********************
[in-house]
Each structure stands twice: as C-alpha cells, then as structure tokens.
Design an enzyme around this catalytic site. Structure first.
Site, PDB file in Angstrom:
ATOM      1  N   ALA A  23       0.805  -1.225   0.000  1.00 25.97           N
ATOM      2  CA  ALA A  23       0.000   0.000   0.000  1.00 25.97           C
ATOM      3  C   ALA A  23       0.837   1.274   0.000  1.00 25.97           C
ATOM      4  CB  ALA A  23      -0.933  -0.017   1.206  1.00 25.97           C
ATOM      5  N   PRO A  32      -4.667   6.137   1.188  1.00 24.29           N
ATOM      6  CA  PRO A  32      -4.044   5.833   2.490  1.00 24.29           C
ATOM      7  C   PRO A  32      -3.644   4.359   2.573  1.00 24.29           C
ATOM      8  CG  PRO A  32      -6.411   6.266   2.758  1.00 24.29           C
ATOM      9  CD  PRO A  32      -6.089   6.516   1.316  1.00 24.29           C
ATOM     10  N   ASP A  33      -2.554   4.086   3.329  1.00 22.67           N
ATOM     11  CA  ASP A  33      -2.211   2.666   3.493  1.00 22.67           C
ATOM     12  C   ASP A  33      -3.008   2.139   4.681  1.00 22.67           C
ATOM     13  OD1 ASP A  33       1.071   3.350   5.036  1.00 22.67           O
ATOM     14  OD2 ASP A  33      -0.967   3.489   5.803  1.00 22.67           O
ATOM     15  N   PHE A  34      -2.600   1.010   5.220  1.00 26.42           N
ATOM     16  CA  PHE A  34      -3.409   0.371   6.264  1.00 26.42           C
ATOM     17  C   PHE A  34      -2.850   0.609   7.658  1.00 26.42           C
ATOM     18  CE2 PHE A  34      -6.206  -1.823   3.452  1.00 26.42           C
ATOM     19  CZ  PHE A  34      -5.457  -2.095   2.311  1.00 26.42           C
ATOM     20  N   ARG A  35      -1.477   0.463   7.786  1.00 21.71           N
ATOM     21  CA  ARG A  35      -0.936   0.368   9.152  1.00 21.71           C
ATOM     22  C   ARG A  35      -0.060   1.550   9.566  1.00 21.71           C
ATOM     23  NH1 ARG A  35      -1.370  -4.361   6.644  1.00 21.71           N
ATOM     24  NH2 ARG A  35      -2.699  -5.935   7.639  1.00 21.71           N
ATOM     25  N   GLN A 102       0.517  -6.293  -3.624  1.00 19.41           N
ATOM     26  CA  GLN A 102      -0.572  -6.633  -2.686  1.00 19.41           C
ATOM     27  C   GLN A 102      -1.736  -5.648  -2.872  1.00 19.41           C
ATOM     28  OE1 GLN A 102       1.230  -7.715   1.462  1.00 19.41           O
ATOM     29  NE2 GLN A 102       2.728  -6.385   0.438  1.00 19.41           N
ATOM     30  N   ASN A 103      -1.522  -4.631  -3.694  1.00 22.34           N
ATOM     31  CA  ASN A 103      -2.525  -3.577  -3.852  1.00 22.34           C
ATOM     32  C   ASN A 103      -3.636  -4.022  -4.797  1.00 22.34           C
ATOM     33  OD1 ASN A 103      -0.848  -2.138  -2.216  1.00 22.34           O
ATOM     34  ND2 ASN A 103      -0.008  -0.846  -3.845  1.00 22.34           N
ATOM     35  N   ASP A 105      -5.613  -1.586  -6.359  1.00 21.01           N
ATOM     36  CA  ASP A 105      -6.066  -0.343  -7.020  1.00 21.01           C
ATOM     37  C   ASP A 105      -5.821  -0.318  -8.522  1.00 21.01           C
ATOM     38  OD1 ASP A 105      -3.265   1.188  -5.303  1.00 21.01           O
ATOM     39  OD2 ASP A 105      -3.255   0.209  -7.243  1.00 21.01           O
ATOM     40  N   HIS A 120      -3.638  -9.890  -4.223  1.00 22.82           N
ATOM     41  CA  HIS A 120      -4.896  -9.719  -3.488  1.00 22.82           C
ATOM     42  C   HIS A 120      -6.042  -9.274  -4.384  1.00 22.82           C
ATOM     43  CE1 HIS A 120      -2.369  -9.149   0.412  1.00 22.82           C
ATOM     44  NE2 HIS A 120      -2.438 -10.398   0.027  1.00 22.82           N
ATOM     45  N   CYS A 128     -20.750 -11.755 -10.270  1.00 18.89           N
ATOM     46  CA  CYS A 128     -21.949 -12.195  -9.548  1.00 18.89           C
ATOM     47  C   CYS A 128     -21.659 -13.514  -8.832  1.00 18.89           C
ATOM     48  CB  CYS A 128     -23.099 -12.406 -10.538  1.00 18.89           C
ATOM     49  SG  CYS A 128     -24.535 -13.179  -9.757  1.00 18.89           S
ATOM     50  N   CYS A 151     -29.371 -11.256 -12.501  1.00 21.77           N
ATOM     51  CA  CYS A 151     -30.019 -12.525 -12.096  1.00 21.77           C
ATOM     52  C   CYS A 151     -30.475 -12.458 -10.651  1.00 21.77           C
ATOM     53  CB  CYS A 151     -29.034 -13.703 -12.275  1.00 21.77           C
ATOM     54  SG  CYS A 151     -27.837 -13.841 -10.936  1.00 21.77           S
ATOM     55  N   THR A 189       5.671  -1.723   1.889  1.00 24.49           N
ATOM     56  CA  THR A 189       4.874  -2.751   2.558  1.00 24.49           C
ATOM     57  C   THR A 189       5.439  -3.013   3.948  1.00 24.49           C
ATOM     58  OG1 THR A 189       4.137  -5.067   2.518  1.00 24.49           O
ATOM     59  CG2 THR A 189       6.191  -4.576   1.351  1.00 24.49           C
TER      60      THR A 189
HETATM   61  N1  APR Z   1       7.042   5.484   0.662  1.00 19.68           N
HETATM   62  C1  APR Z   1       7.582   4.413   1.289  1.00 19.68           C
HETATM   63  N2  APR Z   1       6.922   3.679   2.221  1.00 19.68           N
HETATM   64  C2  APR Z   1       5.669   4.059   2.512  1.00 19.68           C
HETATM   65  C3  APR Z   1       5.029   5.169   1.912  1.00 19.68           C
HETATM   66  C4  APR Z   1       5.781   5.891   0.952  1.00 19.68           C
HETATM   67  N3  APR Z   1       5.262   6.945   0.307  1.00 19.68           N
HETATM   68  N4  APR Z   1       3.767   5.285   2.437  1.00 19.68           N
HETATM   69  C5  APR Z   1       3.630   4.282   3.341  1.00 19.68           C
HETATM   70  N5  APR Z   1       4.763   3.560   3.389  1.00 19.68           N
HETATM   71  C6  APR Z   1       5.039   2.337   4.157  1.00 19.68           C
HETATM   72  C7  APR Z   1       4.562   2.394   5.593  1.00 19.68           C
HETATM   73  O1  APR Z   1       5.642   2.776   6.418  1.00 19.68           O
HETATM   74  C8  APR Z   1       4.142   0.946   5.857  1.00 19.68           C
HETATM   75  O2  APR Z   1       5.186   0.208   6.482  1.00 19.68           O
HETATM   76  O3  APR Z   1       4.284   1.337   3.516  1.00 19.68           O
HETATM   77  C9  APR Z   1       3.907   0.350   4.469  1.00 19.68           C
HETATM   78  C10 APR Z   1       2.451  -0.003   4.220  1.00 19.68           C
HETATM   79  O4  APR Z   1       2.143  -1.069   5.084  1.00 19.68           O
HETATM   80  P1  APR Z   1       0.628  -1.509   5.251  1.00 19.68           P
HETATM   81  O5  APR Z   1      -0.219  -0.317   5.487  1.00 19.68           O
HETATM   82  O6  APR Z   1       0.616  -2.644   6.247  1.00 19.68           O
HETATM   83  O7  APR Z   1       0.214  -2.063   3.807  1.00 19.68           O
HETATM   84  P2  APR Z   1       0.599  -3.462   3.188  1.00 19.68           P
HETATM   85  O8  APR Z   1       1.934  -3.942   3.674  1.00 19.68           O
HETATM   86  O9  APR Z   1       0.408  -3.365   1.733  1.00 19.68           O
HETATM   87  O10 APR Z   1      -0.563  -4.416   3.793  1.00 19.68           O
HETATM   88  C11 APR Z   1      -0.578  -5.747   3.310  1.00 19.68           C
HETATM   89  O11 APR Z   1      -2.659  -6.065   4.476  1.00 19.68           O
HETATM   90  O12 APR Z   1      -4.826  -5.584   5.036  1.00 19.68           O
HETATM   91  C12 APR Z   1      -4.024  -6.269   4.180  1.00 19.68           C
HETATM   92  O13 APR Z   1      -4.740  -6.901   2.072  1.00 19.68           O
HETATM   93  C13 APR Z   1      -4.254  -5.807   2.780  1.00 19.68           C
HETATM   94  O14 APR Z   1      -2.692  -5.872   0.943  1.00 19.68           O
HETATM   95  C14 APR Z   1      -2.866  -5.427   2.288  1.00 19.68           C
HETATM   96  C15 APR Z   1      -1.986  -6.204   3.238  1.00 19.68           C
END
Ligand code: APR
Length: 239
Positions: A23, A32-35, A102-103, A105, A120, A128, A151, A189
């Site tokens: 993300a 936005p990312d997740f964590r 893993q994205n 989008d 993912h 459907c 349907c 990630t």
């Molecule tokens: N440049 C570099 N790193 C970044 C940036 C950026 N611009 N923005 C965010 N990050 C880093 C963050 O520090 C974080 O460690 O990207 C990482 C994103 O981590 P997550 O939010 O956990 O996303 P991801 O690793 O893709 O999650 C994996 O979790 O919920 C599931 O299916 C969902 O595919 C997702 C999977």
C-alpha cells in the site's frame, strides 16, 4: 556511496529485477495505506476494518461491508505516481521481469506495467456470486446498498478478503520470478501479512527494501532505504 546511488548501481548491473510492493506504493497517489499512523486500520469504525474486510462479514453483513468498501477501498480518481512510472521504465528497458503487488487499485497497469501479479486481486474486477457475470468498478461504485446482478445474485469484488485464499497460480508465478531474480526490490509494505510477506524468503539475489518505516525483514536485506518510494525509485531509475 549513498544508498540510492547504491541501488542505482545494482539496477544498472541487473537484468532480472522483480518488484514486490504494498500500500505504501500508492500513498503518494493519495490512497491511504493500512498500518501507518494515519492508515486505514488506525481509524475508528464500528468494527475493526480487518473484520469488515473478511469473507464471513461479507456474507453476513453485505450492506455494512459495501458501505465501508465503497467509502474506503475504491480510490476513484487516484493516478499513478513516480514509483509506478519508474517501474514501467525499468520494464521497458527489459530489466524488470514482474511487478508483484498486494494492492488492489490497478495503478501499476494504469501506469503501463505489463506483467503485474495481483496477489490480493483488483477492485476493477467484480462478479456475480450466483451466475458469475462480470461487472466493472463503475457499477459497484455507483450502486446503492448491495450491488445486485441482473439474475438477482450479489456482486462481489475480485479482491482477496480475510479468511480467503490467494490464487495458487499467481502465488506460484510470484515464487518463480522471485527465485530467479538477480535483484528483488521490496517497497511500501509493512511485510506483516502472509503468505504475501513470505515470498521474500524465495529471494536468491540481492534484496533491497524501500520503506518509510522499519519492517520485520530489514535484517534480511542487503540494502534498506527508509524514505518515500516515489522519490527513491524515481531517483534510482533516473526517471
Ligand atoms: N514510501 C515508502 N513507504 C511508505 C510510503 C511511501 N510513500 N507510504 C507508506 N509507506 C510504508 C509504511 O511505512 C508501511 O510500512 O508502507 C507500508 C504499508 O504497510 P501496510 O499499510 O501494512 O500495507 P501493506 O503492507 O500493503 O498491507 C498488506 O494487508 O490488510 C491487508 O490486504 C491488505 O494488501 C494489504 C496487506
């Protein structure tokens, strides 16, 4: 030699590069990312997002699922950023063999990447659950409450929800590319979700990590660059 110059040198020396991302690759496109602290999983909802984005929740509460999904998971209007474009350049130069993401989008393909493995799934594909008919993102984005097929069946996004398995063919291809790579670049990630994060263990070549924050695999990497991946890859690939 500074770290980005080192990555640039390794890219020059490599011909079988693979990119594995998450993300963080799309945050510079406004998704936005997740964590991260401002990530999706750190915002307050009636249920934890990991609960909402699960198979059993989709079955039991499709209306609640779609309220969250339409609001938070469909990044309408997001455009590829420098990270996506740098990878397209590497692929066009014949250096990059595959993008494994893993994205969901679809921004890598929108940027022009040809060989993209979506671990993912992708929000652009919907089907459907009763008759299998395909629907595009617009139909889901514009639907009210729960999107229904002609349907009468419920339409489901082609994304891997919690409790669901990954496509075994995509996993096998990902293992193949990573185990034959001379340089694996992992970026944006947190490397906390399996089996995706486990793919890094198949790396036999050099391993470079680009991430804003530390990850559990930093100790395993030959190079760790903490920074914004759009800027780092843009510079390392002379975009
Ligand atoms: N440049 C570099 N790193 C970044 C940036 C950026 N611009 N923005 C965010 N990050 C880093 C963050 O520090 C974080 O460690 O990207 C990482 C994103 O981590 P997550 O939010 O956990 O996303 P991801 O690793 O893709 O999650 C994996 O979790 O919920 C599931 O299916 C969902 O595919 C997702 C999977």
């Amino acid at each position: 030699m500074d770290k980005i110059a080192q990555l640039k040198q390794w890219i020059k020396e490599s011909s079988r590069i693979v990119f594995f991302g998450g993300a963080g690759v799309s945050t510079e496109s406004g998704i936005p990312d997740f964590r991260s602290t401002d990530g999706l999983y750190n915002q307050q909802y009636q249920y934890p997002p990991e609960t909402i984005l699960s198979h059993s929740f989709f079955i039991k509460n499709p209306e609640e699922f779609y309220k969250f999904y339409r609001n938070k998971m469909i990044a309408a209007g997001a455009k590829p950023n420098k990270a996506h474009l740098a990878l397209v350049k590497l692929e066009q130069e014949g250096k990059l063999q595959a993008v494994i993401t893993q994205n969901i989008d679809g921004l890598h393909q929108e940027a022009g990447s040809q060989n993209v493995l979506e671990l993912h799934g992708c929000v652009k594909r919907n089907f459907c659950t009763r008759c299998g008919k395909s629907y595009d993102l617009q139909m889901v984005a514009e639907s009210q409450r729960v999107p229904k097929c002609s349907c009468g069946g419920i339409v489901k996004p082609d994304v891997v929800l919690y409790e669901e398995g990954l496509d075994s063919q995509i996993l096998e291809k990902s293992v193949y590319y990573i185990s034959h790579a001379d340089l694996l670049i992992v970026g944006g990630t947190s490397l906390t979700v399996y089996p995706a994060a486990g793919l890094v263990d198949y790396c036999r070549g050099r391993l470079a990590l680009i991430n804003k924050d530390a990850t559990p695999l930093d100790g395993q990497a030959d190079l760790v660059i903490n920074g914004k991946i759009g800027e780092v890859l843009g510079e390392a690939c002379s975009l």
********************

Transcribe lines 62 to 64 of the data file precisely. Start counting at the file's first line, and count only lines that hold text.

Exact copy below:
ATOM     58  OG1 THR A 189       4.137  -5.067   2.518  1.00 24.49           O
ATOM     59  CG2 THR A 189       6.191  -4.576   1.351  1.00 24.49           C
TER      60      THR A 189